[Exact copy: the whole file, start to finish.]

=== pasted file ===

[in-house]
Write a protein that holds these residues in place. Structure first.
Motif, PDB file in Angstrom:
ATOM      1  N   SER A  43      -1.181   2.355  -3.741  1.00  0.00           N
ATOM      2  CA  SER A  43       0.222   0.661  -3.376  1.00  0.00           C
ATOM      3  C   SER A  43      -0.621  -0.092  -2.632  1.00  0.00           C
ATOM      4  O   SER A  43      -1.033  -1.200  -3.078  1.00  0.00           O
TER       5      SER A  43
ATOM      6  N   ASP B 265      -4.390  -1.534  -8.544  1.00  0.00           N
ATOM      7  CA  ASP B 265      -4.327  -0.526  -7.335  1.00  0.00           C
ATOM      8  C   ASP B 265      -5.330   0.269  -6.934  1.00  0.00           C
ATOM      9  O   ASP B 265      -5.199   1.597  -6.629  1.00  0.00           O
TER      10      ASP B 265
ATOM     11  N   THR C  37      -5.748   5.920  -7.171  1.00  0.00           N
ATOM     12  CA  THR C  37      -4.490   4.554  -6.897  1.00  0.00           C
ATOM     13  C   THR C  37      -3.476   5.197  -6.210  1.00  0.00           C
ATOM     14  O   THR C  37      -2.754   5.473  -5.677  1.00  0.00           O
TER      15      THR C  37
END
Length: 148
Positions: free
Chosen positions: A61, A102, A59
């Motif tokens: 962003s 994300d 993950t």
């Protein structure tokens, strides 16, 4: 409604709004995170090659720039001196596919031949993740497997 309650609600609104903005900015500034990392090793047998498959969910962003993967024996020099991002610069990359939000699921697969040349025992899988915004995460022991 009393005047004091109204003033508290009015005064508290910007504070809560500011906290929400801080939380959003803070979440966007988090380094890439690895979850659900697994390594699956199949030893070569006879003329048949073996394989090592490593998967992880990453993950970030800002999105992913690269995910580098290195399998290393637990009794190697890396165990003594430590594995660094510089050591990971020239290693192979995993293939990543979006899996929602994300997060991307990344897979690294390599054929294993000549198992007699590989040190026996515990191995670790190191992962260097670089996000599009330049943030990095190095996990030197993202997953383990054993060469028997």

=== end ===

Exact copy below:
[in-house]
Write a protein that holds these residues in place. Structure first.
Motif, PDB file in Angstrom:
ATOM      1  N   SER A  43      -1.181   2.355  -3.741  1.00  0.00           N
ATOM      2  CA  SER A  43       0.222   0.661  -3.376  1.00  0.00           C
ATOM      3  C   SER A  43      -0.621  -0.092  -2.632  1.00  0.00           C
ATOM      4  O   SER A  43      -1.033  -1.200  -3.078  1.00  0.00           O
TER       5      SER A  43
ATOM      6  N   ASP B 265      -4.390  -1.534  -8.544  1.00  0.00           N
ATOM      7  CA  ASP B 265      -4.327  -0.526  -7.335  1.00  0.00           C
ATOM      8  C   ASP B 265      -5.330   0.269  -6.934  1.00  0.00           C
ATOM      9  O   ASP B 265      -5.199   1.597  -6.629  1.00  0.00           O
TER      10      ASP B 265
ATOM     11  N   THR C  37      -5.748   5.920  -7.171  1.00  0.00           N
ATOM     12  CA  THR C  37      -4.490   4.554  -6.897  1.00  0.00           C
ATOM     13  C   THR C  37      -3.476   5.197  -6.210  1.00  0.00           C
ATOM     14  O   THR C  37      -2.754   5.473  -5.677  1.00  0.00           O
TER      15      THR C  37
END
Length: 148
Positions: free
Chosen positions: A61, A102, A59
């Motif tokens: 962003s 994300d 993950t």
């Protein structure tokens, strides 16, 4: 409604709004995170090659720039001196596919031949993740497997 309650609600609104903005900015500034990392090793047998498959969910962003993967024996020099991002610069990359939000699921697969040349025992899988915004995460022991 009393005047004091109204003033508290009015005064508290910007504070809560500011906290929400801080939380959003803070979440966007988090380094890439690895979850659900697994390594699956199949030893070569006879003329048949073996394989090592490593998967992880990453993950970030800002999105992913690269995910580098290195399998290393637990009794190697890396165990003594430590594995660094510089050591990971020239290693192979995993293939990543979006899996929602994300997060991307990344897979690294390599054929294993000549198992007699590989040190026996515990191995670790190191992962260097670089996000599009330049943030990095190095996990030197993202997953383990054993060469028997």